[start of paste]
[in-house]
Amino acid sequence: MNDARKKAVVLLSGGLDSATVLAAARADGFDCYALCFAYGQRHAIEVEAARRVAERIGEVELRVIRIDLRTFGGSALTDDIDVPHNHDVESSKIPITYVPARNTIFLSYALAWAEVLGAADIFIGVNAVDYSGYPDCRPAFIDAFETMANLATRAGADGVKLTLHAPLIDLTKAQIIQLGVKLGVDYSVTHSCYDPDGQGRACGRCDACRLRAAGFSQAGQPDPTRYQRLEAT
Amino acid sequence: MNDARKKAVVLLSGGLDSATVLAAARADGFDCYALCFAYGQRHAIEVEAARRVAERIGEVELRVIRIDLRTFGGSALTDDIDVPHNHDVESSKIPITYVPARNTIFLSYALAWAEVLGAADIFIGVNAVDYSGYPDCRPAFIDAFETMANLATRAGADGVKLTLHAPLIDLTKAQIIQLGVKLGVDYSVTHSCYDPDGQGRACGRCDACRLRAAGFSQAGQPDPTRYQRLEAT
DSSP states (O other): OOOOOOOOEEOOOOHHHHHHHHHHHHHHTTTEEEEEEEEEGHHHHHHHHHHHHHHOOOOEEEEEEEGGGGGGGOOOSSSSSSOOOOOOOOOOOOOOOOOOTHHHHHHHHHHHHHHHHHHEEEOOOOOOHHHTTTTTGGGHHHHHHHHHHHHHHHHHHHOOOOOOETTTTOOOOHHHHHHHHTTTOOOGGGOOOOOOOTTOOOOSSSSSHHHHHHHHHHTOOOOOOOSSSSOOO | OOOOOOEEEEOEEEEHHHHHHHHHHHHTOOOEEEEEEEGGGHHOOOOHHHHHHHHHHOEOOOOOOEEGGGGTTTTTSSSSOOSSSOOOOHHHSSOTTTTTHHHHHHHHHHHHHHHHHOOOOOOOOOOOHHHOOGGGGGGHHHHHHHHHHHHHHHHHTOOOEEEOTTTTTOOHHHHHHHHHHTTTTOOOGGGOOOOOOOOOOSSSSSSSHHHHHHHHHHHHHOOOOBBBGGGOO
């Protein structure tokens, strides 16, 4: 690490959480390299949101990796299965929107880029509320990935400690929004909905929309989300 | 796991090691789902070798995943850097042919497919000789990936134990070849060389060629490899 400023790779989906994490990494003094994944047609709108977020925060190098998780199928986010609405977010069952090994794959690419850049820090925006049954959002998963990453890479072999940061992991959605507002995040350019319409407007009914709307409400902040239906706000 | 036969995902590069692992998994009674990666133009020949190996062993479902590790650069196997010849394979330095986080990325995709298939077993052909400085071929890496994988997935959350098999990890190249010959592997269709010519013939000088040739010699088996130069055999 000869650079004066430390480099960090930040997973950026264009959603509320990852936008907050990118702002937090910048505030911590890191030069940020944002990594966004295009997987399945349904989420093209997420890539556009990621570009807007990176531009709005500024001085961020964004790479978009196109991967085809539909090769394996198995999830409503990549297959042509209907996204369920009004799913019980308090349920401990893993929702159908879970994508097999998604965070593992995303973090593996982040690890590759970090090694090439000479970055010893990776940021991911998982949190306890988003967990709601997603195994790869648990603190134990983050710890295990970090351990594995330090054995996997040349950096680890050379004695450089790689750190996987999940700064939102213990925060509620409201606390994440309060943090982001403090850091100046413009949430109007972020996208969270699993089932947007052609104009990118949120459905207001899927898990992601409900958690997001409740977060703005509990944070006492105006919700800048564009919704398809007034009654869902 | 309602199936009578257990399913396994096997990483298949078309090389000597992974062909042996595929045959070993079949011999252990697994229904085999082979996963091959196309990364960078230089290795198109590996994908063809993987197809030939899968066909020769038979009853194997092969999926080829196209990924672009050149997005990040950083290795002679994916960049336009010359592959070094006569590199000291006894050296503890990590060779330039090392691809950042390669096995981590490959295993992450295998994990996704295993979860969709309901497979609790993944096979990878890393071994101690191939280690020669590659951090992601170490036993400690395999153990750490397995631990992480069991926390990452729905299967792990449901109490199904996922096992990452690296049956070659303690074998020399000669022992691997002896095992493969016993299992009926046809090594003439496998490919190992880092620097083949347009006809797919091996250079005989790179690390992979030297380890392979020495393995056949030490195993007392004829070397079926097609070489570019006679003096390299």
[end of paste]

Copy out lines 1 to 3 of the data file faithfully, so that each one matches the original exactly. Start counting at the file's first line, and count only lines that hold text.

[in-house]
Amino acid sequence: MNDARKKAVVLLSGGLDSATVLAAARADGFDCYALCFAYGQRHAIEVEAARRVAERIGEVELRVIRIDLRTFGGSALTDDIDVPHNHDVESSKIPITYVPARNTIFLSYALAWAEVLGAADIFIGVNAVDYSGYPDCRPAFIDAFETMANLATRAGADGVKLTLHAPLIDLTKAQIIQLGVKLGVDYSVTHSCYDPDGQGRACGRCDACRLRAAGFSQAGQPDPTRYQRLEAT
Amino acid sequence: MNDARKKAVVLLSGGLDSATVLAAARADGFDCYALCFAYGQRHAIEVEAARRVAERIGEVELRVIRIDLRTFGGSALTDDIDVPHNHDVESSKIPITYVPARNTIFLSYALAWAEVLGAADIFIGVNAVDYSGYPDCRPAFIDAFETMANLATRAGADGVKLTLHAPLIDLTKAQIIQLGVKLGVDYSVTHSCYDPDGQGRACGRCDACRLRAAGFSQAGQPDPTRYQRLEAT